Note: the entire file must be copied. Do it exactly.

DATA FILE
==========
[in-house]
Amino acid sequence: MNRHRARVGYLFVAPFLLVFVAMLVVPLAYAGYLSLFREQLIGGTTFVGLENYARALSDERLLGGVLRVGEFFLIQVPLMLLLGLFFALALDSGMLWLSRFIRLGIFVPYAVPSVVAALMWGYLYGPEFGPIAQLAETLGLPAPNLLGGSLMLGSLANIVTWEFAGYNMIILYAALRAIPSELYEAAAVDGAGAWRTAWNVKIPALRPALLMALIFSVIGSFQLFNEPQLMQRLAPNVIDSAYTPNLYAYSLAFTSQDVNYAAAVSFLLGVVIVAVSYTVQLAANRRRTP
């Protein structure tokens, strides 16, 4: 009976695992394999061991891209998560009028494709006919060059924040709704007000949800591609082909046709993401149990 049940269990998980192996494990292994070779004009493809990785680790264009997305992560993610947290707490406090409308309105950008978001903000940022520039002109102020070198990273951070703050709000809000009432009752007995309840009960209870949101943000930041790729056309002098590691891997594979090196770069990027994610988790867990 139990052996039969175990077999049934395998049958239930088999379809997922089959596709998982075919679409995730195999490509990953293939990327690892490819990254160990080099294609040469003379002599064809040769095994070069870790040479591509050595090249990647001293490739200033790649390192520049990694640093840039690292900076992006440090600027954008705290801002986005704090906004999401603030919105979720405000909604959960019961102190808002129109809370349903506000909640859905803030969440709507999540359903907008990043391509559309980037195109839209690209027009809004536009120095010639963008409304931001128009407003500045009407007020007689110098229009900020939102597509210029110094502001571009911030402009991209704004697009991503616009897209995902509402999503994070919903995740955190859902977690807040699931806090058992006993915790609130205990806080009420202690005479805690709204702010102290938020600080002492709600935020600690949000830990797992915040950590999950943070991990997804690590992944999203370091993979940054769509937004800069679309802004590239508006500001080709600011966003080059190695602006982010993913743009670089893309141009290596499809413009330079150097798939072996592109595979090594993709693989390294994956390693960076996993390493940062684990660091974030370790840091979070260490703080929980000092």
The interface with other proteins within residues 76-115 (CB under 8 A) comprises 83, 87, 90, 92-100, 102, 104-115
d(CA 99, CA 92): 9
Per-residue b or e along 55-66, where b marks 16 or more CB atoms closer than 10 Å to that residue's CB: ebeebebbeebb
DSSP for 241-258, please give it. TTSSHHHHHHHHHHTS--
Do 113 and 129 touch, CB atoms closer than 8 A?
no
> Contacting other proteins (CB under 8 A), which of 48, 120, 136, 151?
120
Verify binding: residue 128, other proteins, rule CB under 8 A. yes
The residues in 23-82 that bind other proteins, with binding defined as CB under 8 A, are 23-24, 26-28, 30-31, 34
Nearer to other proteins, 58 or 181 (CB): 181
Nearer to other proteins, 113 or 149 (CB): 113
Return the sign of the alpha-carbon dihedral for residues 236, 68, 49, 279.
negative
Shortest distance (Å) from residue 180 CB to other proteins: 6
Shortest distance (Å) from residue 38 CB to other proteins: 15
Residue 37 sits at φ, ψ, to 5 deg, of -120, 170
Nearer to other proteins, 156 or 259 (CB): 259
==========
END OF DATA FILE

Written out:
[in-house]
Amino acid sequence: MNRHRARVGYLFVAPFLLVFVAMLVVPLAYAGYLSLFREQLIGGTTFVGLENYARALSDERLLGGVLRVGEFFLIQVPLMLLLGLFFALALDSGMLWLSRFIRLGIFVPYAVPSVVAALMWGYLYGPEFGPIAQLAETLGLPAPNLLGGSLMLGSLANIVTWEFAGYNMIILYAALRAIPSELYEAAAVDGAGAWRTAWNVKIPALRPALLMALIFSVIGSFQLFNEPQLMQRLAPNVIDSAYTPNLYAYSLAFTSQDVNYAAAVSFLLGVVIVAVSYTVQLAANRRRTP
């Protein structure tokens, strides 16, 4: 009976695992394999061991891209998560009028494709006919060059924040709704007000949800591609082909046709993401149990 049940269990998980192996494990292994070779004009493809990785680790264009997305992560993610947290707490406090409308309105950008978001903000940022520039002109102020070198990273951070703050709000809000009432009752007995309840009960209870949101943000930041790729056309002098590691891997594979090196770069990027994610988790867990 139990052996039969175990077999049934395998049958239930088999379809997922089959596709998982075919679409995730195999490509990953293939990327690892490819990254160990080099294609040469003379002599064809040769095994070069870790040479591509050595090249990647001293490739200033790649390192520049990694640093840039690292900076992006440090600027954008705290801002986005704090906004999401603030919105979720405000909604959960019961102190808002129109809370349903506000909640859905803030969440709507999540359903907008990043391509559309980037195109839209690209027009809004536009120095010639963008409304931001128009407003500045009407007020007689110098229009900020939102597509210029110094502001571009911030402009991209704004697009991503616009897209995902509402999503994070919903995740955190859902977690807040699931806090058992006993915790609130205990806080009420202690005479805690709204702010102290938020600080002492709600935020600690949000830990797992915040950590999950943070991990997804690590992944999203370091993979940054769509937004800069679309802004590239508006500001080709600011966003080059190695602006982010993913743009670089893309141009290596499809413009330079150097798939072996592109595979090594993709693989390294994956390693960076996993390493940062684990660091974030370790840091979070260490703080929980000092």
The interface with other proteins within residues 76-115 (CB under 8 A) comprises 83, 87, 90, 92-100, 102, 104-115
d(CA 99, CA 92): 9
Per-residue b or e along 55-66, where b marks 16 or more CB atoms closer than 10 Å to that residue's CB: ebeebebbeebb
DSSP for 241-258, please give it. TTSSHHHHHHHHHHTS--
Do 113 and 129 touch, CB atoms closer than 8 A?
no
> Contacting other proteins (CB under 8 A), which of 48, 120, 136, 151?
120
Verify binding: residue 128, other proteins, rule CB under 8 A. yes
The residues in 23-82 that bind other proteins, with binding defined as CB under 8 A, are 23-24, 26-28, 30-31, 34
Nearer to other proteins, 58 or 181 (CB): 181
Nearer to other proteins, 113 or 149 (CB): 113
Return the sign of the alpha-carbon dihedral for residues 236, 68, 49, 279.
negative
Shortest distance (Å) from residue 180 CB to other proteins: 6
Shortest distance (Å) from residue 38 CB to other proteins: 15
Residue 37 sits at φ, ψ, to 5 deg, of -120, 170
Nearer to other proteins, 156 or 259 (CB): 259